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Regional News | Mar 23, 2004

Pig farmers to be paid one billion cedis compensation

GNA

Kumasi, March 23, GNA- Pig farmers in Ashanti whose animals were slaughtered by the Veterinary Services Department of the Ministry of Food and Agriculture (MOFA) following the attack on their farms by the African swine fever disease are to be paid a total of over one billion cedis as compensation.

Dr Martin Kwasi Antwi, the Regional Veterinary Officer, who disclosed this to the Ghana News Agency in an interview in Kumasi, said the swift measures put in place by the ministry in the wake of the outbreak of the disease had paid off.

The Regional Veterinary Officer said when MOFA becomes sufficiently satisfied that the situation has stabilised, it would allow those whose farms were not attacked to sell their pigs to raise money to maintain their farms.

Dr Antwi said even here, there would be designated places where such sold animals would be slaughtered.

He noted that the African swine fever and other contagious deadly diseases that always attack livestock in Ghana spread from its neighbouring countries.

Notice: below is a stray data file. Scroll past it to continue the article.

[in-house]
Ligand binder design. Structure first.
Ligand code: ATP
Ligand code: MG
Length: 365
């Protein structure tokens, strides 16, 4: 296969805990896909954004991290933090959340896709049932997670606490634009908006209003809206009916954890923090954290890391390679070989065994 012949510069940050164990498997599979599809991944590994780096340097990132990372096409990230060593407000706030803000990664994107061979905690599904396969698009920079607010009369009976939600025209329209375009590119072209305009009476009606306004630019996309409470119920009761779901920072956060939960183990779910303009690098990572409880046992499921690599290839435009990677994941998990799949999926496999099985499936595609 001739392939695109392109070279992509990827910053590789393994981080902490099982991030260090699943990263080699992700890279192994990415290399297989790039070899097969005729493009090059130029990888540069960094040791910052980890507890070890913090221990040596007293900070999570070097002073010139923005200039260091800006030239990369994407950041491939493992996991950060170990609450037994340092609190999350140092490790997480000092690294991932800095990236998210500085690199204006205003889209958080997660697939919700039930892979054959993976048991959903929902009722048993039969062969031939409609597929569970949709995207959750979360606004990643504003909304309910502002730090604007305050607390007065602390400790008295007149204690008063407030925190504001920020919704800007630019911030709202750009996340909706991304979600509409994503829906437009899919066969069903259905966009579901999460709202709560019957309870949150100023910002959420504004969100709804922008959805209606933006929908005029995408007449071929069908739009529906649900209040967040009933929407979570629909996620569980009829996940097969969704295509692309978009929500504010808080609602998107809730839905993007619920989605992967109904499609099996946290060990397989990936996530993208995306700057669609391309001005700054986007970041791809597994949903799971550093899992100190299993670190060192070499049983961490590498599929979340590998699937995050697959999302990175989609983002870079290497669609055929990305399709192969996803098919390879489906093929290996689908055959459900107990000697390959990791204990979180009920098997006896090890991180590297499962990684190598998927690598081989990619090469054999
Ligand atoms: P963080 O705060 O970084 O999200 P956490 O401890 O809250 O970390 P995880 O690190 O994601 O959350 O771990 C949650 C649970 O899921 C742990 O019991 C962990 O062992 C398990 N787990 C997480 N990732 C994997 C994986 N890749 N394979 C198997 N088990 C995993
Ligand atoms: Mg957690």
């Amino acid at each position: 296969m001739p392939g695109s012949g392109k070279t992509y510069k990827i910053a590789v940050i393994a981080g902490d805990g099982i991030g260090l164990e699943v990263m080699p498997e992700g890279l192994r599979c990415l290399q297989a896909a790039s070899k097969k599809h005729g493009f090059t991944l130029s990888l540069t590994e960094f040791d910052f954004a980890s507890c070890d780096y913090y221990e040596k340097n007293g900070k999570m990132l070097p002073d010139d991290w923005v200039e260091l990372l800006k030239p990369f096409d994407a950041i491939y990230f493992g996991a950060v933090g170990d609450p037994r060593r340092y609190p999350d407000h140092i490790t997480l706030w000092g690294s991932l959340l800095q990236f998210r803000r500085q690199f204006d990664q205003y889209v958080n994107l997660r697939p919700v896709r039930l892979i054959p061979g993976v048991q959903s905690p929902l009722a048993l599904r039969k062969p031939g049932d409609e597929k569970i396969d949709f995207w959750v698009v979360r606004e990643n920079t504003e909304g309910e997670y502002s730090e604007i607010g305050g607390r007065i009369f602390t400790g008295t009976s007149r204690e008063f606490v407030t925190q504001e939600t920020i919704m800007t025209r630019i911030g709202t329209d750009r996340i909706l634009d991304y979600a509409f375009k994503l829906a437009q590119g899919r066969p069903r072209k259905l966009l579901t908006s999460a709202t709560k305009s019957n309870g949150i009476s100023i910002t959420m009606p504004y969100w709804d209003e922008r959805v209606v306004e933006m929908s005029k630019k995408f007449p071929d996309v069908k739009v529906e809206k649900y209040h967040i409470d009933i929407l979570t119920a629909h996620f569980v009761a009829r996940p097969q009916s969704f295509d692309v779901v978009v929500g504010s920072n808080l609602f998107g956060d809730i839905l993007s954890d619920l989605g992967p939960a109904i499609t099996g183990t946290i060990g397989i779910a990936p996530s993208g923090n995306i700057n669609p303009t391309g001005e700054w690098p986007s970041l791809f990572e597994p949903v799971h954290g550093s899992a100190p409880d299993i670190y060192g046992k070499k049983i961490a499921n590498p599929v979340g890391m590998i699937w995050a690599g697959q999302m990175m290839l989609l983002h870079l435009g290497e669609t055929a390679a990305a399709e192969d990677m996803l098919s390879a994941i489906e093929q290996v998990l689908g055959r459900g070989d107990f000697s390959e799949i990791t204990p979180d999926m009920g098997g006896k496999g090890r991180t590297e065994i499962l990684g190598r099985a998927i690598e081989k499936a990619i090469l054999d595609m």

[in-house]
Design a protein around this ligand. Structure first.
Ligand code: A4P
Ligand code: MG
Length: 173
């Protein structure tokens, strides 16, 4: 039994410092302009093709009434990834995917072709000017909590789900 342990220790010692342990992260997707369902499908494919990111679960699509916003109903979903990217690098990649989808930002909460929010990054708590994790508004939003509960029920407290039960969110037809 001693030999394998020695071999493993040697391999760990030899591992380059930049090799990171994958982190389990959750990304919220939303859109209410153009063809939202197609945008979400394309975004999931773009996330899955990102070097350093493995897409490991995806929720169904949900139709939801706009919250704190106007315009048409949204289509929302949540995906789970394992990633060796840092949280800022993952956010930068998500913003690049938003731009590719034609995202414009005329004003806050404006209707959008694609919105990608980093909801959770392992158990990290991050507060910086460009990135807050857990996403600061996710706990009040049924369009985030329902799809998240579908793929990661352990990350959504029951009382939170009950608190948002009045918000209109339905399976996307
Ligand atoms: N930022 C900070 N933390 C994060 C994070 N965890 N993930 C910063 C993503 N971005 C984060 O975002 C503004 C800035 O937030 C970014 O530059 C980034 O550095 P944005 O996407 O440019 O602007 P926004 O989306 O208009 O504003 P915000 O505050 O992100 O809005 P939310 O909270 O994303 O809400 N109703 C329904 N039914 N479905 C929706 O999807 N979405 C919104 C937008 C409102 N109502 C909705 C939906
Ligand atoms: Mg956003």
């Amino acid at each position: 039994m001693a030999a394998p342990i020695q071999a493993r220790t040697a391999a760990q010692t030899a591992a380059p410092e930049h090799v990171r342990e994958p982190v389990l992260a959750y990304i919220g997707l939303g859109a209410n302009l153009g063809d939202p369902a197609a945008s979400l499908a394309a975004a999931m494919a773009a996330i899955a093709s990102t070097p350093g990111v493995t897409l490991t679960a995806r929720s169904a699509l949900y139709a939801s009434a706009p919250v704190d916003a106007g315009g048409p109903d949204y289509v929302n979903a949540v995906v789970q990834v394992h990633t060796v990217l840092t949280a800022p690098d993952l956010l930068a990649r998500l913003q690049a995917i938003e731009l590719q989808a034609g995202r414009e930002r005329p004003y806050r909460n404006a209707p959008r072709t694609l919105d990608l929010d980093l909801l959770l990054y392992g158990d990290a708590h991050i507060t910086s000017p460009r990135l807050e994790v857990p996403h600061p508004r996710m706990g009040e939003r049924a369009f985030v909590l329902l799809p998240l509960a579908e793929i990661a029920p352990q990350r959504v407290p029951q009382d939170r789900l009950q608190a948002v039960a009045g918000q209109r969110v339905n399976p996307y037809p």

Dr Antwi said if those countries therefore do not show the same seriousness and zeal as done by the government here, efforts at eradicating such disease could fail.

He therefore called on the government to liaise with its counterparts in the sub-region and co-ordinate their strategies in fighting livestock diseases.

Meanwhile, pig farmers who were fortunate to have escaped the attack on their farms but cannot sell their animals because of the existing ban on the movement and slaughtering of pigs have started complaining about the biting effects of the ban on their pockets. One of such farmers, Mr Sylvester Barimah Antwi at Offinso told the GNA at Offinso that the ban had become a major source of frustration to them.

He claimed that he, for instance, spends over one million cedis on feeding alone of the 500 pigs on his farm every week and said because he could not dispose of any of them, he is finding it difficult to raise funds to keep the farm going.

"Putting money into an investment that is bringing in no returns is as frustrating as it is disappointing", he added.

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